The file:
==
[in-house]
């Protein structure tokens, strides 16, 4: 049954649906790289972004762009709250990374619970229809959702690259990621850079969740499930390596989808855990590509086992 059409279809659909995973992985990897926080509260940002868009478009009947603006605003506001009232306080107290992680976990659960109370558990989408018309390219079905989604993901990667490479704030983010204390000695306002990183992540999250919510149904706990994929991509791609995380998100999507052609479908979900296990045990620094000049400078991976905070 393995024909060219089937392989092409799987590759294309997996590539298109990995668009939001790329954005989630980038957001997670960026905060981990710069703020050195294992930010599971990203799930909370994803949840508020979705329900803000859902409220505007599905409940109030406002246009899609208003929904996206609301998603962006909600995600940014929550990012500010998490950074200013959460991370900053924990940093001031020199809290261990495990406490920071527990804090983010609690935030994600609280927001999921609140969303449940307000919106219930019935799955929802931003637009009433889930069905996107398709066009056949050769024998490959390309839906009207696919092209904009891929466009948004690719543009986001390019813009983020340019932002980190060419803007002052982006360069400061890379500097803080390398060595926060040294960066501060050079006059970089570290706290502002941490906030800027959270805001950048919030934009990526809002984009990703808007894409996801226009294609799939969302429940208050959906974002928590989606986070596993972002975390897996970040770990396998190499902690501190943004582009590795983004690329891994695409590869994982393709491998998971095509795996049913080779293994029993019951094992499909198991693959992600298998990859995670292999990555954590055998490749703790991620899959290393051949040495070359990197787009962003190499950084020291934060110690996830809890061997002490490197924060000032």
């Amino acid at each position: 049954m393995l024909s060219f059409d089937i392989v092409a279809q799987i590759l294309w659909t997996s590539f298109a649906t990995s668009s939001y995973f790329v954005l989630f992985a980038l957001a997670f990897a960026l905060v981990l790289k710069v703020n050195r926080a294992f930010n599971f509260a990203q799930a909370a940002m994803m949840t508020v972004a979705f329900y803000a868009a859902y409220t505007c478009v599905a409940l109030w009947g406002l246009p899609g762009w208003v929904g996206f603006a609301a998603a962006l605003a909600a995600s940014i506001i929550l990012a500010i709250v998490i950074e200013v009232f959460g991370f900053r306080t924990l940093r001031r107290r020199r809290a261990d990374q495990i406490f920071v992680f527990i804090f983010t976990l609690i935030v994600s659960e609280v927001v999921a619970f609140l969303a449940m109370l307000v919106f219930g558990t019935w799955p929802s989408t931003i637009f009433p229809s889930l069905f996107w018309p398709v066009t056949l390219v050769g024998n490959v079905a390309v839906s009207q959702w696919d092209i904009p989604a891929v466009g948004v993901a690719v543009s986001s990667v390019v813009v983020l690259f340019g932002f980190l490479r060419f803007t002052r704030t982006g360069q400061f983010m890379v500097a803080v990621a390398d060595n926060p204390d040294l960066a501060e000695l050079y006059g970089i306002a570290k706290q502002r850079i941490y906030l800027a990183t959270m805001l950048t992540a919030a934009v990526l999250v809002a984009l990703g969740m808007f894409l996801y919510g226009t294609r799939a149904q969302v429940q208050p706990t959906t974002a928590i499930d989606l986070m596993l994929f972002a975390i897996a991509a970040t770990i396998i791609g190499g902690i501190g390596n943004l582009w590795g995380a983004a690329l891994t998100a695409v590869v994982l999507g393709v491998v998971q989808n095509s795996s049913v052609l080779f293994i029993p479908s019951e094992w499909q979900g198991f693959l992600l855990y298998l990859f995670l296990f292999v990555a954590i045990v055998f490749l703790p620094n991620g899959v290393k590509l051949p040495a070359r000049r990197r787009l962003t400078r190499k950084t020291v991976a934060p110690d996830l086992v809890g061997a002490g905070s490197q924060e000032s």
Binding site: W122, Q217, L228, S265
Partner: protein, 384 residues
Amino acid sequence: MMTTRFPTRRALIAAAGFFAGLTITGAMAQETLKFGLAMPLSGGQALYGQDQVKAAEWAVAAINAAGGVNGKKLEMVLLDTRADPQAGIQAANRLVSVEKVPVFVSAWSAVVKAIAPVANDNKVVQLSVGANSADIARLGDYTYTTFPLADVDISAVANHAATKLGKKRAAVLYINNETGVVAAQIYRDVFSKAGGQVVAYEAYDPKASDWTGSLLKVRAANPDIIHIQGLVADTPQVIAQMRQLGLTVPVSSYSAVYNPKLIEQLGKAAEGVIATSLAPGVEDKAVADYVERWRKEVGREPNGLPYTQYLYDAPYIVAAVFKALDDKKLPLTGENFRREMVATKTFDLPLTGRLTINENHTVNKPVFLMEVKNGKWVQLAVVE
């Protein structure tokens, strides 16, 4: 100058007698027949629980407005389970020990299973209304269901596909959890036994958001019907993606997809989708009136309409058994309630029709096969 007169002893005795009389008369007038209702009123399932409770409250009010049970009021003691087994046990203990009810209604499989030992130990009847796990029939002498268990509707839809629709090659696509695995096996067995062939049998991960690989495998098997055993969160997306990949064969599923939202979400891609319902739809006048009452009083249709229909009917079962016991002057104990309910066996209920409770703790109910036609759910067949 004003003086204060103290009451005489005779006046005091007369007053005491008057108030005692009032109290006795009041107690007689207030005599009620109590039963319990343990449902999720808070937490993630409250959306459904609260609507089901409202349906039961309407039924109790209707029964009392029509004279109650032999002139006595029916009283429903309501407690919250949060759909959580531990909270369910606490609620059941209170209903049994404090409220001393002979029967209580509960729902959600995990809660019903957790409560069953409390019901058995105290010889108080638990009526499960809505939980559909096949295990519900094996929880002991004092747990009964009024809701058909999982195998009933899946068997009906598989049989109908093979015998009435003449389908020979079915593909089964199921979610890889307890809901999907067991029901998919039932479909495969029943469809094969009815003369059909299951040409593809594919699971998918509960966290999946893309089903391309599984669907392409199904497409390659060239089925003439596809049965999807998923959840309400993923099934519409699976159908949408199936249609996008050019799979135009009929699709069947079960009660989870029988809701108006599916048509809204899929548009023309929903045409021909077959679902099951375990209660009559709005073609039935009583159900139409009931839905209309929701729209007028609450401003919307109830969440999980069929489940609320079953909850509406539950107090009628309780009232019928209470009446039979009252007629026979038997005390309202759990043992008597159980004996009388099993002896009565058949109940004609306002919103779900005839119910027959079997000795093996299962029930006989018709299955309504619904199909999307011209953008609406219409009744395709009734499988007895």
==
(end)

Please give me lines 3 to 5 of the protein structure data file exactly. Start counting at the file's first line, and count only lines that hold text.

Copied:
């Amino acid at each position: 049954m393995l024909s060219f059409d089937i392989v092409a279809q799987i590759l294309w659909t997996s590539f298109a649906t990995s668009s939001y995973f790329v954005l989630f992985a980038l957001a997670f990897a960026l905060v981990l790289k710069v703020n050195r926080a294992f930010n599971f509260a990203q799930a909370a940002m994803m949840t508020v972004a979705f329900y803000a868009a859902y409220t505007c478009v599905a409940l109030w009947g406002l246009p899609g762009w208003v929904g996206f603006a609301a998603a962006l605003a909600a995600s940014i506001i929550l990012a500010i709250v998490i950074e200013v009232f959460g991370f900053r306080t924990l940093r001031r107290r020199r809290a261990d990374q495990i406490f920071v992680f527990i804090f983010t976990l609690i935030v994600s659960e609280v927001v999921a619970f609140l969303a449940m109370l307000v919106f219930g558990t019935w799955p929802s989408t931003i637009f009433p229809s889930l069905f996107w018309p398709v066009t056949l390219v050769g024998n490959v079905a390309v839906s009207q959702w696919d092209i904009p989604a891929v466009g948004v993901a690719v543009s986001s990667v390019v813009v983020l690259f340019g932002f980190l490479r060419f803007t002052r704030t982006g360069q400061f983010m890379v500097a803080v990621a390398d060595n926060p204390d040294l960066a501060e000695l050079y006059g970089i306002a570290k706290q502002r850079i941490y906030l800027a990183t959270m805001l950048t992540a919030a934009v990526l999250v809002a984009l990703g969740m808007f894409l996801y919510g226009t294609r799939a149904q969302v429940q208050p706990t959906t974002a928590i499930d989606l986070m596993l994929f972002a975390i897996a991509a970040t770990i396998i791609g190499g902690i501190g390596n943004l582009w590795g995380a983004a690329l891994t998100a695409v590869v994982l999507g393709v491998v998971q989808n095509s795996s049913v052609l080779f293994i029993p479908s019951e094992w499909q979900g198991f693959l992600l855990y298998l990859f995670l296990f292999v990555a954590i045990v055998f490749l703790p620094n991620g899959v290393k590509l051949p040495a070359r000049r990197r787009l962003t400078r190499k950084t020291v991976a934060p110690d996830l086992v809890g061997a002490g905070s490197q924060e000032s």
Binding site: W122, Q217, L228, S265
Partner: protein, 384 residues